So you’re thinking about exploring the options afforded by private schools. But where to begin? How, you might ask, can I even know where nearby private schools are located? Happily, there’s a simple way to find out.
Every California private school offering instruction in any of grades kindergarten through 12 is required to file an affidavit, annually, with the California Department of Education. The information furnished in the affidavit is a matter of public record, and can be accessed through the CDE website. As you will soon see, the affidavit contains a wealth of basic descriptive information about a school.
It’s a bit of a challenge to find the CDE webpage containing links to the private school database, but we’ll make it easy for you. You can either click the link appearing below:
Or, you can begin on the CDE home page (www.cde.ca.gov) and click your way along the following path:
Home Page → Specialized Programs → Private Schools →
Private School Affidavit → Private School Data
If all went according to plan you should be on a CDE webpage titled ‘Private Schools’. In the center of the page you’ll see a subheading that reads, ‘Private School Directory’. Below, you’ll see a succession of links listed in reverse chronological order (with the most recent on top). At the time this post was written, the most recent link calls up information compiled as of May 6, 2015. Go ahead and click the link!
Clicking the link will produce a spreadsheet containing lots of great information about every private school that filed an affidavit last year. (Note: you must have a relatively up-to-date version of Microsoft Excel installed on your desktop computer, or handheld device, or another program or application that can display Excel spreadsheets. The best way to find of if you’re “good to go” is to click the link and see what happens.)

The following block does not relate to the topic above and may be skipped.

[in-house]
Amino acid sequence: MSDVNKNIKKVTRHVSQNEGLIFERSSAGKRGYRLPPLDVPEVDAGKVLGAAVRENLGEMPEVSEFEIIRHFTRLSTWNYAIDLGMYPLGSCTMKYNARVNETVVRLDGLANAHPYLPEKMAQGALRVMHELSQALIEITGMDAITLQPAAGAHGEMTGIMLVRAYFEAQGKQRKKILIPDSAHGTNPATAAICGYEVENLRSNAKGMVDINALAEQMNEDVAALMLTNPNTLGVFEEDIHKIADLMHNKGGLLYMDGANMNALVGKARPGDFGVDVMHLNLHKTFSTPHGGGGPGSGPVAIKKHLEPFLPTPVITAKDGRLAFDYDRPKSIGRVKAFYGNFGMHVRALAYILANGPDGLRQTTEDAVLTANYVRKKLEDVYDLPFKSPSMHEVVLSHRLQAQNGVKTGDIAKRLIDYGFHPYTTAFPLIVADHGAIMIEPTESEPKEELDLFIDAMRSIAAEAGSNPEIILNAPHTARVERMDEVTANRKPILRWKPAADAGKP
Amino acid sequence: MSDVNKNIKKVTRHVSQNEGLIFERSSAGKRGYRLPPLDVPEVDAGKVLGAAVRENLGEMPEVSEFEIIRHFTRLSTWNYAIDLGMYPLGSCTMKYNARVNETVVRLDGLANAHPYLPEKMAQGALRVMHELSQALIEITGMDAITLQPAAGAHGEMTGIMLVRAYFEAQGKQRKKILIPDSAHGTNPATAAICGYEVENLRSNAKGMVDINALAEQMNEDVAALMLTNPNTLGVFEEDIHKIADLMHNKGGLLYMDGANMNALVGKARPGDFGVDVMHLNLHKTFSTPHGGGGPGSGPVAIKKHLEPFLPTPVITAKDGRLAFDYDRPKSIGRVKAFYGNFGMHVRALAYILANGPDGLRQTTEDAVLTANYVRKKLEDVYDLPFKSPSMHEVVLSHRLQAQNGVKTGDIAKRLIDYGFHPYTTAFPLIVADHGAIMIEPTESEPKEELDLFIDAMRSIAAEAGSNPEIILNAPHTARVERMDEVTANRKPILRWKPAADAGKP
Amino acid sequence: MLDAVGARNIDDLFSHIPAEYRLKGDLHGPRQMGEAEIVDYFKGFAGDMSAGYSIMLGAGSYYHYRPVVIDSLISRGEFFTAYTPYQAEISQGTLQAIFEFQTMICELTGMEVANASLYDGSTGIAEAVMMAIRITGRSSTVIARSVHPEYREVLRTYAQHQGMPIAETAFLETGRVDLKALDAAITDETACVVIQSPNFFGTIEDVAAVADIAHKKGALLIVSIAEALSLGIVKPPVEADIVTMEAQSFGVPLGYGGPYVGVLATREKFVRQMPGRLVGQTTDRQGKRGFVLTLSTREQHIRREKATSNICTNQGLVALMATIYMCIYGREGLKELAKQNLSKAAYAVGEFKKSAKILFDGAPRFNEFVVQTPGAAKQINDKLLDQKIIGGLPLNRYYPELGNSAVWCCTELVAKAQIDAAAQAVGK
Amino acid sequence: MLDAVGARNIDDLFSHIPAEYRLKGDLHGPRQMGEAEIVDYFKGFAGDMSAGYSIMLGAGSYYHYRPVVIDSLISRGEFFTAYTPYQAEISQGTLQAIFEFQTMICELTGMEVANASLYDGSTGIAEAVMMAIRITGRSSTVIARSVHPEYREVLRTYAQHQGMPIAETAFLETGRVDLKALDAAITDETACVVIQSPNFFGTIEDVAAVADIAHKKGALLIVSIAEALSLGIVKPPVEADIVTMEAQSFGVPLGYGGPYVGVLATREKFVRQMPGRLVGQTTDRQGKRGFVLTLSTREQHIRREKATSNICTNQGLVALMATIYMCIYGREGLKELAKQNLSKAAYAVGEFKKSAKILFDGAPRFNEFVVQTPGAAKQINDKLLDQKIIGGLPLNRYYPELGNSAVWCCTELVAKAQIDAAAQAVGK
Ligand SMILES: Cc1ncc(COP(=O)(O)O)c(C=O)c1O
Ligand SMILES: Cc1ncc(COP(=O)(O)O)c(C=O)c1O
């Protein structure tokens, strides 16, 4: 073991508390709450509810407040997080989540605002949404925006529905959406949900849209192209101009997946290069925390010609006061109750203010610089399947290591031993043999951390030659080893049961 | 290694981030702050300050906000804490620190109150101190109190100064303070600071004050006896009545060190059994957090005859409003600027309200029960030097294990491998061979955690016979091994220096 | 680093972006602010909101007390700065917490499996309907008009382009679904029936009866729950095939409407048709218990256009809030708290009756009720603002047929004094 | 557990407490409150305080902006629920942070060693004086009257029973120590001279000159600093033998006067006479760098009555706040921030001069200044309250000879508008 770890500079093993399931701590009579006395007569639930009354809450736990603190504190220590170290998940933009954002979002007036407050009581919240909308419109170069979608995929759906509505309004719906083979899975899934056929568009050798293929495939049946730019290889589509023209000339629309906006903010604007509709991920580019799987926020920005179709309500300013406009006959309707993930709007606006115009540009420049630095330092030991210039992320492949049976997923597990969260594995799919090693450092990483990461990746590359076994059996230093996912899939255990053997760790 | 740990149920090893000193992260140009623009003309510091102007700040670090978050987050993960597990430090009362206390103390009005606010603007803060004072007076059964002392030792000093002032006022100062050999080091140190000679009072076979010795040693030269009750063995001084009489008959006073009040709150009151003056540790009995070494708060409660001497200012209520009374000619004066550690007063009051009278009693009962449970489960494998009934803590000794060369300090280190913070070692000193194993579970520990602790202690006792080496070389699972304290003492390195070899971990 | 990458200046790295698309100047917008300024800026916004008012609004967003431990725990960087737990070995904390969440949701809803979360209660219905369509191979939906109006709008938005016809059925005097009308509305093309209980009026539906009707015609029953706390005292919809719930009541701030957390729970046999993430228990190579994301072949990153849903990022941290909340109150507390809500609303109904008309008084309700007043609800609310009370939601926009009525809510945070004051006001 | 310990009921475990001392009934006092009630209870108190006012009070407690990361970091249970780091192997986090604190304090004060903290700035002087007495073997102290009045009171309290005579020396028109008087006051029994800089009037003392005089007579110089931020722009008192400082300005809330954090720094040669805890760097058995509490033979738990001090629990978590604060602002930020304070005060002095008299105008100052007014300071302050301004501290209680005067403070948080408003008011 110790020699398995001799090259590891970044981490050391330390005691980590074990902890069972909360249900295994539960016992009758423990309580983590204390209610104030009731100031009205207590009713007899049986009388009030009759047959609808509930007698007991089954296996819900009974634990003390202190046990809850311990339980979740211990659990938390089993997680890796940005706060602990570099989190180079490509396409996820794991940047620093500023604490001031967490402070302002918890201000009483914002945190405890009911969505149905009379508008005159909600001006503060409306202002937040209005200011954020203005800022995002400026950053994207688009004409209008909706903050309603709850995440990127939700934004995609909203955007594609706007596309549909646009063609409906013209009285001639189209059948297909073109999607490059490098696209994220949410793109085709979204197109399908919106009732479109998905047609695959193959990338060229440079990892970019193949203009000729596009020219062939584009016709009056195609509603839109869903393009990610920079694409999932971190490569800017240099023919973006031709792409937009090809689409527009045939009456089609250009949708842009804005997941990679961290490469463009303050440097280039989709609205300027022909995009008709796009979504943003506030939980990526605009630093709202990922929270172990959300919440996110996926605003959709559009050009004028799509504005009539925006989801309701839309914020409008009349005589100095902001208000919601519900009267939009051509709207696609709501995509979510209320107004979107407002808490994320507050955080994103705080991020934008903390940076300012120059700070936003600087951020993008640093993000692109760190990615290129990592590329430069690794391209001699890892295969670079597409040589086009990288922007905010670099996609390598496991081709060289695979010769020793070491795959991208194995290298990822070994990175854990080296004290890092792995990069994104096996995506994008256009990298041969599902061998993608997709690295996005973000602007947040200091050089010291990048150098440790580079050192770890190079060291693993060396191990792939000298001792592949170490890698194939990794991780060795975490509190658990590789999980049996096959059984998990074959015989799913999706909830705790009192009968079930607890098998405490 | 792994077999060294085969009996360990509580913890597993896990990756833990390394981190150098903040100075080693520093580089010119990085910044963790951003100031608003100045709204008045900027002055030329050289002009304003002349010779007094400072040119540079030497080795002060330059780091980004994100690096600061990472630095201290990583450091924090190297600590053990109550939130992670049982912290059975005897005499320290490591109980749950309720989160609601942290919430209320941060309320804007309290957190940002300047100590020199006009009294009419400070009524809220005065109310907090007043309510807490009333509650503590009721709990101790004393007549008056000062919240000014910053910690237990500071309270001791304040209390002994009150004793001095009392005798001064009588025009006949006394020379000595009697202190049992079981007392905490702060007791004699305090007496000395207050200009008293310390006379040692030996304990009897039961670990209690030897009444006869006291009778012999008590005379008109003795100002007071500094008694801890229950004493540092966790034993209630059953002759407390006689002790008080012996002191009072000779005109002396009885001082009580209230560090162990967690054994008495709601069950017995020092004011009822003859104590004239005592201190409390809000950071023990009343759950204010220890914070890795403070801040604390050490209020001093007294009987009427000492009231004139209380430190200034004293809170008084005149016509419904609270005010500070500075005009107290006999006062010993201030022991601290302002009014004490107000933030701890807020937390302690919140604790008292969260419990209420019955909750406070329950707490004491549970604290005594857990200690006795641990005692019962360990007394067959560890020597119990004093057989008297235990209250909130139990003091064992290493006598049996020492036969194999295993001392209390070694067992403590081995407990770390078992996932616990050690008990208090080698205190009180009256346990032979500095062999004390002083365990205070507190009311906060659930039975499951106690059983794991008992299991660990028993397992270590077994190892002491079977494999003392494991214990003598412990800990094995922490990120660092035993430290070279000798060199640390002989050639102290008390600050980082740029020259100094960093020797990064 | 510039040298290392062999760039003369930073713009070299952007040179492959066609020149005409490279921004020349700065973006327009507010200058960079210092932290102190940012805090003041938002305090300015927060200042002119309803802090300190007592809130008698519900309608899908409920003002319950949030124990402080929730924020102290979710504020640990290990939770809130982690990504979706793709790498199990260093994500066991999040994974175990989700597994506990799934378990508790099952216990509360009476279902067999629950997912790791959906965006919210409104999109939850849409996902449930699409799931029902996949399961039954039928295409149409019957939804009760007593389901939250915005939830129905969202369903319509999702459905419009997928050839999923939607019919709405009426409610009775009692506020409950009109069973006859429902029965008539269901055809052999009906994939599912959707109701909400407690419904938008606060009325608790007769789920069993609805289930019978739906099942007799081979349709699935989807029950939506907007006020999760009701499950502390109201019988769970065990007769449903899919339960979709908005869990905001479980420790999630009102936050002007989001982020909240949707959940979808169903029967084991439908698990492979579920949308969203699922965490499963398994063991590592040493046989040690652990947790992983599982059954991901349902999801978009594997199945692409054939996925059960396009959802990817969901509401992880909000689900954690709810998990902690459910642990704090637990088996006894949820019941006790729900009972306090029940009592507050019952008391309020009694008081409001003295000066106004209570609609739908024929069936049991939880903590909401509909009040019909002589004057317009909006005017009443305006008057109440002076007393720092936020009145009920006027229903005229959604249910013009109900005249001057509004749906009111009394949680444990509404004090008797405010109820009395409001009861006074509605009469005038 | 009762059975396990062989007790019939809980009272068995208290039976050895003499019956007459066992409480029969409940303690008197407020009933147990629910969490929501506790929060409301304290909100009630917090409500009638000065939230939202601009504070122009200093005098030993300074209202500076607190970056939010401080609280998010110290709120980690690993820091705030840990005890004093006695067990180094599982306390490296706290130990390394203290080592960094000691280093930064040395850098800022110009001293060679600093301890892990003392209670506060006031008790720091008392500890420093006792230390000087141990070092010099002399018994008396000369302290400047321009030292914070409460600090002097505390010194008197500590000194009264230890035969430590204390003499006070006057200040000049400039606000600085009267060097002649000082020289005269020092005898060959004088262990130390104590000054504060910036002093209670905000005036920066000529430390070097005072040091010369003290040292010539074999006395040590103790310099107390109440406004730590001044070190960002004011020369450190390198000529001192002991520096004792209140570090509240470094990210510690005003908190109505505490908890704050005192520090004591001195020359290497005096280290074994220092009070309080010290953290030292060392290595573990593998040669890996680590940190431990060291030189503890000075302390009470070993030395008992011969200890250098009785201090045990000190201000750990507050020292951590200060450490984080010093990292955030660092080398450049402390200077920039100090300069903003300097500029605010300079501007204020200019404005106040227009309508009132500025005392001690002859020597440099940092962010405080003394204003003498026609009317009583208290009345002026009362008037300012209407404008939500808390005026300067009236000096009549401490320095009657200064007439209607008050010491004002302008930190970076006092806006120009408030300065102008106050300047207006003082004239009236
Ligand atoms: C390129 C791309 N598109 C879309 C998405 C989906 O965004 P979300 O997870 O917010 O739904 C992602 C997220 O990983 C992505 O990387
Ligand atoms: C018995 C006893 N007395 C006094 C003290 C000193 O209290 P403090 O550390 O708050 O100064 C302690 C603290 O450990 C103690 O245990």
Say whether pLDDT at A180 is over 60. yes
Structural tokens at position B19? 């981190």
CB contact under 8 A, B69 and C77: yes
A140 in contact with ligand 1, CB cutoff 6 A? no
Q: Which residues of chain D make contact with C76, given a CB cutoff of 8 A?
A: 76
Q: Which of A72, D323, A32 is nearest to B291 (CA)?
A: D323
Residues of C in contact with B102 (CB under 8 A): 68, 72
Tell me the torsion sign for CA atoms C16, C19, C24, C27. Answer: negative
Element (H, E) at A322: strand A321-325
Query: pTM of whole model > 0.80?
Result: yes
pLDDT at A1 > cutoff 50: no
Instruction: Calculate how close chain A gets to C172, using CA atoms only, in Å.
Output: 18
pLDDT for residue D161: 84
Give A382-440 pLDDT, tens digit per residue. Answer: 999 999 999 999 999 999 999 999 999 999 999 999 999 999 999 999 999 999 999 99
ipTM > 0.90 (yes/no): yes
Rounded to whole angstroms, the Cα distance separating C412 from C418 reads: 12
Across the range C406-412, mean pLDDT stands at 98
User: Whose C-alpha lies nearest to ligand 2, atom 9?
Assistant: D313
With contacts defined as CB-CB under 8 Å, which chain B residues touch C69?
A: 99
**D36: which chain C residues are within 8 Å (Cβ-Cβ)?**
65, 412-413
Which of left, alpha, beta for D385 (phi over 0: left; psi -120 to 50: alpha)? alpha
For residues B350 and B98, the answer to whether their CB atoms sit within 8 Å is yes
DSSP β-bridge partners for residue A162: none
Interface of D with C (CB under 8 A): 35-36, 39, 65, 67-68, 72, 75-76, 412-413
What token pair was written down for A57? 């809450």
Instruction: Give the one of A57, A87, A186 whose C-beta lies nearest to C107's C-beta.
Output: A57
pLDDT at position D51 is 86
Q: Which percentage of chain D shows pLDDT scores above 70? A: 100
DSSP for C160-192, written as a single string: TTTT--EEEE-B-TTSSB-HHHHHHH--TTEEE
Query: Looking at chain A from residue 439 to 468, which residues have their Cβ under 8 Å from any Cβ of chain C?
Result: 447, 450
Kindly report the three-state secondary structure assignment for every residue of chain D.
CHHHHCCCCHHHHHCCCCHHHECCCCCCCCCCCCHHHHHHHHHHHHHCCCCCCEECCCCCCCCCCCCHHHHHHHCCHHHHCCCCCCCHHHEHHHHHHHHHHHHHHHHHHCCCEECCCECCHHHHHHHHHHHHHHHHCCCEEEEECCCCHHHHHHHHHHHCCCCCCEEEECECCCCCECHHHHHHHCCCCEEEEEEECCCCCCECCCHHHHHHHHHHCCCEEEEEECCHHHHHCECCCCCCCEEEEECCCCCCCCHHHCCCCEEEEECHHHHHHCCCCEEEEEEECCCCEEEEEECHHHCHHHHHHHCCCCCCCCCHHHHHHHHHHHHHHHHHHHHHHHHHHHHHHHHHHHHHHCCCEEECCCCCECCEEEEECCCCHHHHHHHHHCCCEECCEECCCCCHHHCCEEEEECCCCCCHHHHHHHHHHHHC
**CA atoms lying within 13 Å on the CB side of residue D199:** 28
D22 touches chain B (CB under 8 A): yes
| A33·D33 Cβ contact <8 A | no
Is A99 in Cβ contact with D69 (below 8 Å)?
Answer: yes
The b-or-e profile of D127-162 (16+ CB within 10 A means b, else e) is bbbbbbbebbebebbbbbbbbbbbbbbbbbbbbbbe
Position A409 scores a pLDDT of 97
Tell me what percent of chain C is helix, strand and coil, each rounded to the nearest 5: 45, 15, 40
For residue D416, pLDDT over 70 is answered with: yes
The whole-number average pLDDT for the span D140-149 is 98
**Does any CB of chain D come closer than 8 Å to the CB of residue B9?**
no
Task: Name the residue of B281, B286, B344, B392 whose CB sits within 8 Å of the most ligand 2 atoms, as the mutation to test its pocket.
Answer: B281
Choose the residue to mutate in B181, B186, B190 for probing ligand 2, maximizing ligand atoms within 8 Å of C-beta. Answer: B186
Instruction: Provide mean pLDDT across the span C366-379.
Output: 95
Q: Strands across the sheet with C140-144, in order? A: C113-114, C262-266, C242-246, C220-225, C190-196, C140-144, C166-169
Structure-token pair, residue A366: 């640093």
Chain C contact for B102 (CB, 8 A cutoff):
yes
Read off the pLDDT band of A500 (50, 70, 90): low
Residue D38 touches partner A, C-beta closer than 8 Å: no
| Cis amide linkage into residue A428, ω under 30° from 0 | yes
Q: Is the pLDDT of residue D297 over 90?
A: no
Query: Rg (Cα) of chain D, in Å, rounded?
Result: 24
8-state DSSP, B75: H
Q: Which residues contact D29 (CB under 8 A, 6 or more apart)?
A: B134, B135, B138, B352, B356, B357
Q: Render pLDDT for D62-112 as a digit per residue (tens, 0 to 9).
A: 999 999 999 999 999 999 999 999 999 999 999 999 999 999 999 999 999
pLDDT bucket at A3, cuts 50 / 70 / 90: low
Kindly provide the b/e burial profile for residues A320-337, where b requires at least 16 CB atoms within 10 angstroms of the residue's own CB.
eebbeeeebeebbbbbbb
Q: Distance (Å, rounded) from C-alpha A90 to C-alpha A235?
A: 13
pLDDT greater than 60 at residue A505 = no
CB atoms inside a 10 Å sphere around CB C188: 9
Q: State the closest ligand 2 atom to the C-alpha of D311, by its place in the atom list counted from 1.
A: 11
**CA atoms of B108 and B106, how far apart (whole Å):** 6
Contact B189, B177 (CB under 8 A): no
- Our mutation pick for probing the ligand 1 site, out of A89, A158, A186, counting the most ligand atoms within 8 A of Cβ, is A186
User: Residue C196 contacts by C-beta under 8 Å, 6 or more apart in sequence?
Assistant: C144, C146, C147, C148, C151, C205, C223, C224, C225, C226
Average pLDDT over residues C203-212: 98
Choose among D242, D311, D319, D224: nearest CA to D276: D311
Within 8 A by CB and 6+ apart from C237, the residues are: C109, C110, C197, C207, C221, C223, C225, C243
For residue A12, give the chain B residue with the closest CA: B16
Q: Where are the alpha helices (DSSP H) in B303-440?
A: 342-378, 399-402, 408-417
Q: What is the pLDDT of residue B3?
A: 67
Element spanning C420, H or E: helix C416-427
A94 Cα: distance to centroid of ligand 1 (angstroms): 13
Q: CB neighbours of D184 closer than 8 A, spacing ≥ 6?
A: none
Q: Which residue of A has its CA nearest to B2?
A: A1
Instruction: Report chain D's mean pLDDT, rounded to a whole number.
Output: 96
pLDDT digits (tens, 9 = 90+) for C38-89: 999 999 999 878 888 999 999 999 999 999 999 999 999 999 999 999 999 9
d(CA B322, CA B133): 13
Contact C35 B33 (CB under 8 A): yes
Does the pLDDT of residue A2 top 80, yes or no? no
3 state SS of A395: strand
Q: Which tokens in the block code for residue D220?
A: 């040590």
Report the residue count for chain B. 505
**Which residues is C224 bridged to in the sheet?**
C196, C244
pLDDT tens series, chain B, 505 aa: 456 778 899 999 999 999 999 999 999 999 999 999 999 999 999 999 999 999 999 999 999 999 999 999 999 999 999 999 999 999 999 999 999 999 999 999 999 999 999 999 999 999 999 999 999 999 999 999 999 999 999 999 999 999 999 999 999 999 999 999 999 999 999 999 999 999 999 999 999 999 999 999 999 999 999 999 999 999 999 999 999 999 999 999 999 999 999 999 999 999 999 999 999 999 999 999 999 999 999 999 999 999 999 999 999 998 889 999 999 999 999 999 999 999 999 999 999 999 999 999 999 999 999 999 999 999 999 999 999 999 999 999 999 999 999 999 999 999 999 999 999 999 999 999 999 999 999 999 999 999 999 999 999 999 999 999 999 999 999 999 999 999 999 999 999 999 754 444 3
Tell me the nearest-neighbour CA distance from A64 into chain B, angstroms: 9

Schools are listed alphabetically, by county (starting with Alameda). If you’re viewing the spreadsheet in Microsoft Excel, it’s a relatively simple matter to scroll across to the “Zip” column, and re-order the listing of schools by their respective zip codes…which is the easiest way to find out which private schools are located closest to you. (Some columns may contain ‘scrunched up’ information. You may not, for example, see the full name of schools appear in column D. To fix this problem, point your cursor just to the right of the vertical line separating column D and column E (in the top row) and double-click. Column D should expand to show the full names of all schools appearing on the current screen.)
As you scroll through the column headings from left to right, you’ll discover that you can learn:
- the lowest, and highest grade levels offered by a school;
- the number of pupils enrolled in each grade level (during the preceding year);
- the school’s total enrollment (in the prior year);
- the number of full-time and part-time teachers;
- the number of administrators and other non-instructional staff;
- whether the school is constituted on a nonprofit, or for-profit basis;
- whether the school has a religious, or a secular orientation;
- the religious denomination with which a religiously oriented school is affiliated;
- the name of the school’s principal, head of school, or chief administrator (during the prior year); and,
Now that you’re equipped with some basic information, it’s time to dig deeper. Call a CAPSO member-organization to learn whether a nearby school is affiliated. If schools in which you are interested are affiliated, you’ll also be able to determine whether they are accredited, by whom, and for what term.
Most importantly, make appointments to visit the schools in which you are interested. There is simply no substitute for walking the grounds of a school, checking out classrooms (before or after regular school hours), learning about the school’s particular views regarding child development, philosophy of education, curriculum, instruction, assessment, school structure and governance. You’ll want to meet with school leaders to learn more about the school’s history and culture. You’ll wish to discuss your child’s disposition and needs, as well as your family’s values and expectations. And, if a school seems to be a good fit, you’ll want information about admissions policies, tuition, and financial assistance (if necessary).
Now that you’re set to go, we wish you every success in finding the school that’s the best fit for your child(ren) and family.